Application of Relativity Theory to the Global Positioning System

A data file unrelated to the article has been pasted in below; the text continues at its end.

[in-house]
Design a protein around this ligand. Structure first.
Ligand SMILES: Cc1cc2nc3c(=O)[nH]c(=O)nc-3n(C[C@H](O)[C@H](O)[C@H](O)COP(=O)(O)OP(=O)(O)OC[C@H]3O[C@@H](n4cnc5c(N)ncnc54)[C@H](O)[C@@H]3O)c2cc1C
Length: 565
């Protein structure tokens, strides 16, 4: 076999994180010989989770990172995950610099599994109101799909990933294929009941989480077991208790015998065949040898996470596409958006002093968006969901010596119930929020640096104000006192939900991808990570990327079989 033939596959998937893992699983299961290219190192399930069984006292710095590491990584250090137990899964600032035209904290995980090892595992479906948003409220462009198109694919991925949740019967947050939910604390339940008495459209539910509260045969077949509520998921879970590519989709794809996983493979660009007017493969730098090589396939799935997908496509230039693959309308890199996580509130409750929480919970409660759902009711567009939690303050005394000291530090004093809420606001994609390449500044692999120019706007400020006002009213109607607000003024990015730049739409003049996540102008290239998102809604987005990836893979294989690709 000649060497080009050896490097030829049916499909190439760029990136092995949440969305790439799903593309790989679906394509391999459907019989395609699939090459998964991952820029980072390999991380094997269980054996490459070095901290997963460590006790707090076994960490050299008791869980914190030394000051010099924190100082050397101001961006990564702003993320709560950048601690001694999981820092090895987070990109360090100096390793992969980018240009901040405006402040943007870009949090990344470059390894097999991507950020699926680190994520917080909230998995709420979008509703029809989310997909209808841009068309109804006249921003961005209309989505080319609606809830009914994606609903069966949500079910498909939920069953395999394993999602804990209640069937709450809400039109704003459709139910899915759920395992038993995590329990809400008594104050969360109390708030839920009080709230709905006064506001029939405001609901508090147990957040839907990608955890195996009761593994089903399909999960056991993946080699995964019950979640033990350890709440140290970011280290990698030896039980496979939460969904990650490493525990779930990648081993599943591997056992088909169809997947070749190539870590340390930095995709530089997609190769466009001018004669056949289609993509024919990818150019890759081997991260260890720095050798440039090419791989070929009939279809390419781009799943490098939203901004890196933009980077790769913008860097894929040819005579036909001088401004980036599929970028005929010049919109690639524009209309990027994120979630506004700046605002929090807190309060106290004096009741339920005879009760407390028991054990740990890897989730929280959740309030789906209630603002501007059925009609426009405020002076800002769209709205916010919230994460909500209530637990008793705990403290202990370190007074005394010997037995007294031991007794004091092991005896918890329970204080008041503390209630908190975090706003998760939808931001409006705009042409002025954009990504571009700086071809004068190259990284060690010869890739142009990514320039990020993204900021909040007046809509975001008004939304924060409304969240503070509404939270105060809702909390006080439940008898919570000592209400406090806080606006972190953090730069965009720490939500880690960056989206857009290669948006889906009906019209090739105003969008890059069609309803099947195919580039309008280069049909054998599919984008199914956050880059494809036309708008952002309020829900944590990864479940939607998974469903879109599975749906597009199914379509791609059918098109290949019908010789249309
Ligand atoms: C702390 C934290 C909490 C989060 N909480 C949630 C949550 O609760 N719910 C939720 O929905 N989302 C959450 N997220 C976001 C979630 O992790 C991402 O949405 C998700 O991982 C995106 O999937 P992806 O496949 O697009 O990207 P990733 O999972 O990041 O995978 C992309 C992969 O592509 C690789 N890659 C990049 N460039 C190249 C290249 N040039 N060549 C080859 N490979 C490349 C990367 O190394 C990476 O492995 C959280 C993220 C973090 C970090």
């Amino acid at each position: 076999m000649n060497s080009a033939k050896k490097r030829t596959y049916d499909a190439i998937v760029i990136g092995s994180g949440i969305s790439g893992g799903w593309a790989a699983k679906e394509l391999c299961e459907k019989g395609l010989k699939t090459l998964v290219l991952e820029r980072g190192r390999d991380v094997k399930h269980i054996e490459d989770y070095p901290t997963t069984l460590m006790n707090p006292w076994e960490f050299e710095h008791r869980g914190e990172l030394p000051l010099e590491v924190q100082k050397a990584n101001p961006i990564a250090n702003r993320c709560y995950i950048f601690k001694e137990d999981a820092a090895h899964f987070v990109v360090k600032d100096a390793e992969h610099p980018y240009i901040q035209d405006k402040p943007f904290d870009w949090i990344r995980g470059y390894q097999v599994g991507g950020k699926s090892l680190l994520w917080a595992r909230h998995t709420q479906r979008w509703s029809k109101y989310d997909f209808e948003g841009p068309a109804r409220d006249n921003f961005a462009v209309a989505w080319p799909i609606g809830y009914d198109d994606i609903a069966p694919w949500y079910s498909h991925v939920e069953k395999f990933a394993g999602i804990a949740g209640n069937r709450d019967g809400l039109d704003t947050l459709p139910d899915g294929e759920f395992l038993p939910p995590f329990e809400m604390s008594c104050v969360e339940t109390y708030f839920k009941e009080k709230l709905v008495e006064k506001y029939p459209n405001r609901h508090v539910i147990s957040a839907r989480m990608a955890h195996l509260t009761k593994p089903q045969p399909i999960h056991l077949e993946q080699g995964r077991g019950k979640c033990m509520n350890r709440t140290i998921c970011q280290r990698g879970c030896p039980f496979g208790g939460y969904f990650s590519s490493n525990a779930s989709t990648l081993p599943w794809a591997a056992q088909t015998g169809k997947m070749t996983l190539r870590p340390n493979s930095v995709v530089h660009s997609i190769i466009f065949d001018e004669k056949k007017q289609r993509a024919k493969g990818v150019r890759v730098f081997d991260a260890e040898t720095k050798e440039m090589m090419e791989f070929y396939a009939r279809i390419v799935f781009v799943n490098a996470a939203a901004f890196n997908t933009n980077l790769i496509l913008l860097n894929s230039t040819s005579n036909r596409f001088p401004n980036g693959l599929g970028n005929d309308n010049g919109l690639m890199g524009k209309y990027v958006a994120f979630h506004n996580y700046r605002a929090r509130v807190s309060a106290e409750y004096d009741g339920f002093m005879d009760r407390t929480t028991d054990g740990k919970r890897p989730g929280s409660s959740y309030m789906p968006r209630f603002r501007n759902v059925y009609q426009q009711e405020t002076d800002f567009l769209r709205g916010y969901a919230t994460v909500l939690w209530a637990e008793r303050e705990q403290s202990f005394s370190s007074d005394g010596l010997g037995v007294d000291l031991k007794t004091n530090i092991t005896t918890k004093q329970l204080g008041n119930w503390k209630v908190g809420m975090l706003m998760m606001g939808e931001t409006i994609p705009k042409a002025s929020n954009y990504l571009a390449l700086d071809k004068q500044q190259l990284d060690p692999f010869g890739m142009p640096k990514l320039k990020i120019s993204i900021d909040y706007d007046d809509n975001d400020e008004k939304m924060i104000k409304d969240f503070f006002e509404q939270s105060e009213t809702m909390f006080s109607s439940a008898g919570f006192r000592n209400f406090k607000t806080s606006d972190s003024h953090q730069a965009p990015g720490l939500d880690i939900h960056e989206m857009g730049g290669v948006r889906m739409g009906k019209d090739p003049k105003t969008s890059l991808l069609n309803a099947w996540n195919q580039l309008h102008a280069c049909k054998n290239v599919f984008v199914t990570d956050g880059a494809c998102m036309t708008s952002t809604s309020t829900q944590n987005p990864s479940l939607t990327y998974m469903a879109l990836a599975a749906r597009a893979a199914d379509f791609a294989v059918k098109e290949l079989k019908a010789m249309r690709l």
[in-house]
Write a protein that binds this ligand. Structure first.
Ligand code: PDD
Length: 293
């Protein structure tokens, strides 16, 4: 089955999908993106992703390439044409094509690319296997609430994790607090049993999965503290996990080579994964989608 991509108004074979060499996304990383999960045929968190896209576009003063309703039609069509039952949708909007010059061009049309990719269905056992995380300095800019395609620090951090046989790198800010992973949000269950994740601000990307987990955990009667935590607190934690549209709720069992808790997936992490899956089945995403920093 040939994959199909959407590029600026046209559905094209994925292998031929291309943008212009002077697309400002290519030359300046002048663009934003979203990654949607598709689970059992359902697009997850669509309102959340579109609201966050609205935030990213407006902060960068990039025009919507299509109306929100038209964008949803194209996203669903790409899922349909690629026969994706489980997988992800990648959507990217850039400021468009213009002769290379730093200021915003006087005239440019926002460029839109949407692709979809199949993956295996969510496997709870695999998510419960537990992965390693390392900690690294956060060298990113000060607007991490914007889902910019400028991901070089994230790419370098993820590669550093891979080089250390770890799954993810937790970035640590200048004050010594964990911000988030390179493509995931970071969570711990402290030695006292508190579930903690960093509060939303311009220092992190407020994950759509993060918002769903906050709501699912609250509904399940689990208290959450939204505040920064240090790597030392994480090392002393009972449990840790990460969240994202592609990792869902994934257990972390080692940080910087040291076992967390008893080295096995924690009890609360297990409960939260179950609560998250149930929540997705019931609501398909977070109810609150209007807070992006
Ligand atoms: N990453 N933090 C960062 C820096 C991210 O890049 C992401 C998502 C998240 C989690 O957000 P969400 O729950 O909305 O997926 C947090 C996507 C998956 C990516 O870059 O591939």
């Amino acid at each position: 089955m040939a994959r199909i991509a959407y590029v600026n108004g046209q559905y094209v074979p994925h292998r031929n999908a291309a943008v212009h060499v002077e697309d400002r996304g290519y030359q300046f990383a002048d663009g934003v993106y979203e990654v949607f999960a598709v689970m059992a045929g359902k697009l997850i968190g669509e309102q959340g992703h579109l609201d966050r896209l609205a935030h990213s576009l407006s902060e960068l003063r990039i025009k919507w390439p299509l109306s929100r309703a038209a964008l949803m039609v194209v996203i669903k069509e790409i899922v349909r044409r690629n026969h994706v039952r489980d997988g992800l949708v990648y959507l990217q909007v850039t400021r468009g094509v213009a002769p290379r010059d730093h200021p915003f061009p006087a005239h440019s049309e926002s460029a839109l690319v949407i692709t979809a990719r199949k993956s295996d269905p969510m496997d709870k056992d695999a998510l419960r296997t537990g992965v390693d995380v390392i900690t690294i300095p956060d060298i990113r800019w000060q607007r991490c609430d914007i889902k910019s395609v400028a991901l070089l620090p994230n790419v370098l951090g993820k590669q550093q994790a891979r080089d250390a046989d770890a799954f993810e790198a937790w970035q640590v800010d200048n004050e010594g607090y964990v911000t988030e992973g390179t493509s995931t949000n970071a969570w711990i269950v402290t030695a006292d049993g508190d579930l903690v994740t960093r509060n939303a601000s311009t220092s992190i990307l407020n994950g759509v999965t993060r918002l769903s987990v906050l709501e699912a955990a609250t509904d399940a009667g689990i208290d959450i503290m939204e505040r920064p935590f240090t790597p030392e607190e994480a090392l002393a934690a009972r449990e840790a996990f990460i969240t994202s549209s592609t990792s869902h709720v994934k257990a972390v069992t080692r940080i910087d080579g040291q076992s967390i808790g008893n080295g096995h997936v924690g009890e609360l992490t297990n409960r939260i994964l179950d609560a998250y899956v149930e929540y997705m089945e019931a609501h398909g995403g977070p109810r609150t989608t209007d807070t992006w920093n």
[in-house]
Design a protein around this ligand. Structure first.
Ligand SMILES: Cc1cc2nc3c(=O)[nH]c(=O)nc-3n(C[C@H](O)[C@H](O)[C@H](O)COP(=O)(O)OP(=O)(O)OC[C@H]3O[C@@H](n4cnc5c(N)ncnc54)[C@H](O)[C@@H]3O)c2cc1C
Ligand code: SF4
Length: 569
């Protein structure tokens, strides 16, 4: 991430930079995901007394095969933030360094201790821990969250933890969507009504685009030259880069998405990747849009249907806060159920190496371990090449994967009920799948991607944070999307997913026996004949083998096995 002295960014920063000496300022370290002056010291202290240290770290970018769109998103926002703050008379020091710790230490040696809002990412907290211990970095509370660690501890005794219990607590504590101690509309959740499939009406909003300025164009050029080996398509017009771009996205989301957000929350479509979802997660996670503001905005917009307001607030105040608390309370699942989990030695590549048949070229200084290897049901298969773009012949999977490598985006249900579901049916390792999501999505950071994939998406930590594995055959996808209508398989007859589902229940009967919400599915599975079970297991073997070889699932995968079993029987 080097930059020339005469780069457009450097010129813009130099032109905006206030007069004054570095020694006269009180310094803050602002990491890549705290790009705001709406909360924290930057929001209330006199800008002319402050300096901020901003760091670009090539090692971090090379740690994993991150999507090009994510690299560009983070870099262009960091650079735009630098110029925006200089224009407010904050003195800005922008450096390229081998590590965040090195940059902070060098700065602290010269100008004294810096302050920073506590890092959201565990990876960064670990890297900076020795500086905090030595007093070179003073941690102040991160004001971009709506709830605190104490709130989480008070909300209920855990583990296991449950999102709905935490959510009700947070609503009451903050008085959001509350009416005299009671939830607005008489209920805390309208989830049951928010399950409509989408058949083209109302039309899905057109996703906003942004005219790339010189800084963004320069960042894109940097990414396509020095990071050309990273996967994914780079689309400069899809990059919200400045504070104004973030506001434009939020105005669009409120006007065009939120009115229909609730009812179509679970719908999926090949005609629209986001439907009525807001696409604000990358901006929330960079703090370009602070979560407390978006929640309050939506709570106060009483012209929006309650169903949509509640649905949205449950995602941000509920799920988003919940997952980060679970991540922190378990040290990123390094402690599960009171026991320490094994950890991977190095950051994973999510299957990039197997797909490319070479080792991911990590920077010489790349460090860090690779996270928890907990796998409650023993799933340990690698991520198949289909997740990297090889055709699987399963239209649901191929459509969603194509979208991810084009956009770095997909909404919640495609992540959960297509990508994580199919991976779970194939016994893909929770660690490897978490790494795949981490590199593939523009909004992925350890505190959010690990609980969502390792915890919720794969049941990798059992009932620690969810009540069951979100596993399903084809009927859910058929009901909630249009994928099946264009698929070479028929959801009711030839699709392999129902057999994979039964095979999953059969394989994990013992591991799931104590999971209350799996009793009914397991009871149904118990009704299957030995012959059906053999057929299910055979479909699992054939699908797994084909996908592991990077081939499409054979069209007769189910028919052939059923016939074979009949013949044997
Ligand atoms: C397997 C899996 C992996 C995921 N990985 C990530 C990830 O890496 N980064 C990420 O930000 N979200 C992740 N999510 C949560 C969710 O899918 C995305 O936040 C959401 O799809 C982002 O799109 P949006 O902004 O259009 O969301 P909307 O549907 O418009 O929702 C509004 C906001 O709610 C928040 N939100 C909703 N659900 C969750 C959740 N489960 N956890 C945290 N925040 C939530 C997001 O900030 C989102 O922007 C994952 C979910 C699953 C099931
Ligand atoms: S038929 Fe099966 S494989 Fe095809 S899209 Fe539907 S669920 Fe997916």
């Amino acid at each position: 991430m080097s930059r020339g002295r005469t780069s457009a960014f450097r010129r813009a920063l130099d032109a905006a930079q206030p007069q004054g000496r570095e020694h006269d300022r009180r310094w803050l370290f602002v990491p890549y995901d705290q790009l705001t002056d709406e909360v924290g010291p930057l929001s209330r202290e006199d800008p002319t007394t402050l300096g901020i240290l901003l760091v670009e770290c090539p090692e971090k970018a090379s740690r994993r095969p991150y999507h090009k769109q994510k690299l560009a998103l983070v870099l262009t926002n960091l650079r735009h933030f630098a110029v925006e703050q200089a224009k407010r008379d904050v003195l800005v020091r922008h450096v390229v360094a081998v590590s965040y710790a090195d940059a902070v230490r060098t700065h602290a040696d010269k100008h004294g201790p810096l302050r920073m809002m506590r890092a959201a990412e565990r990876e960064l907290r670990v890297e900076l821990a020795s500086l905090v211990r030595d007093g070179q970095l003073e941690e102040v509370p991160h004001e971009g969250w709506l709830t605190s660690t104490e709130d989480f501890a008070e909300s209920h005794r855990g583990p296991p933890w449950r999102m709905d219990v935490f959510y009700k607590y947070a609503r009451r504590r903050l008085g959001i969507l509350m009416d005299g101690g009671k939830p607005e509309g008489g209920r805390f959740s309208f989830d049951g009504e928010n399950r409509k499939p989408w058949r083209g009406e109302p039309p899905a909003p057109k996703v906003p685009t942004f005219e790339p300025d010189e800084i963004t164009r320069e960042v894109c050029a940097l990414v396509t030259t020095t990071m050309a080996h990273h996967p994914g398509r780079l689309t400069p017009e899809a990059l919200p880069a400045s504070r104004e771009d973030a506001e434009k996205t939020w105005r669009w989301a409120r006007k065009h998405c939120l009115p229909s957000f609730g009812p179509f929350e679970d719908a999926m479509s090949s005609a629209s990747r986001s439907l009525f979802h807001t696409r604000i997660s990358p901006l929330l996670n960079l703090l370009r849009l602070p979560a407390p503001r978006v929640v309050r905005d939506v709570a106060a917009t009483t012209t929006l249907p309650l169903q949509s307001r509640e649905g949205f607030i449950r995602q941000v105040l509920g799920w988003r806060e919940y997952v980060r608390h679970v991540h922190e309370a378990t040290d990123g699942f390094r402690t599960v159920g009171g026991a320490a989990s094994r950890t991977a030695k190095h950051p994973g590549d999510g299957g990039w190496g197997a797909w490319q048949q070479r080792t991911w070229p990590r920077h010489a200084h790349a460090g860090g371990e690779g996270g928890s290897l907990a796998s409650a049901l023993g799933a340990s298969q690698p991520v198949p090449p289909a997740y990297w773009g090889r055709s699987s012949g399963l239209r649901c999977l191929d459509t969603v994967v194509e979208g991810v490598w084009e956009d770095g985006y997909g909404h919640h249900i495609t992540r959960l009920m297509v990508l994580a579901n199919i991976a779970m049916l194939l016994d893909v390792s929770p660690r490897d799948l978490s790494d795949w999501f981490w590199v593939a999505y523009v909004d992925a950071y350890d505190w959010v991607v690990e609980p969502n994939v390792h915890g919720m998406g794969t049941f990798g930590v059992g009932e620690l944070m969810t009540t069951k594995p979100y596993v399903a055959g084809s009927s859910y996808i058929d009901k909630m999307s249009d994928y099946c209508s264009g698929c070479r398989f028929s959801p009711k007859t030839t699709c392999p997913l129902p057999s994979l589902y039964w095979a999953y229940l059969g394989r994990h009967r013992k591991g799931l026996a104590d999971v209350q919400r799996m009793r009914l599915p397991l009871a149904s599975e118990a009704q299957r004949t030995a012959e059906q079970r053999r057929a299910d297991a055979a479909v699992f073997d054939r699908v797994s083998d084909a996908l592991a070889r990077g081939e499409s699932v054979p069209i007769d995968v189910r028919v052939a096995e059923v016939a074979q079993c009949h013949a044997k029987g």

The Global Positioning System (GPS) measures distances by determining the elapsed time for light to pass between the corresponding endpoints and multiplying this value with the speed of light c. An example is considered in which a metal rod and a clock are carried onboard a satellite. It is shown that Einstein’s light-speed postulate is only consistent with the deduction that the rod has increased in length at the same time that the clock has slowed down because of time dilation. Both results are independent of the orientation of the metal rod to an observer on the earth’s surface, so the above conclusion indicates that isotropic length expansion accompanies time dilation (clock riddle) on the satellite, contrary to expectations from the Fitzgerald-Lorentz length contraction (FLC) prediction of the Special Theory of Relativity (STR). This logical argument thus shows that the Lorentz transformation (LT) is self-contradictory and therefore invalid. It is also shown that the experimental results of the transverse Doppler effect are only consistent with isotropic length expansion accompanying time dilation. A GPS-compatible space-time transformation (GPSLT) is then derived that removes the contradiction of the LT while still satisfying Einstein’s two postulates of relativity.



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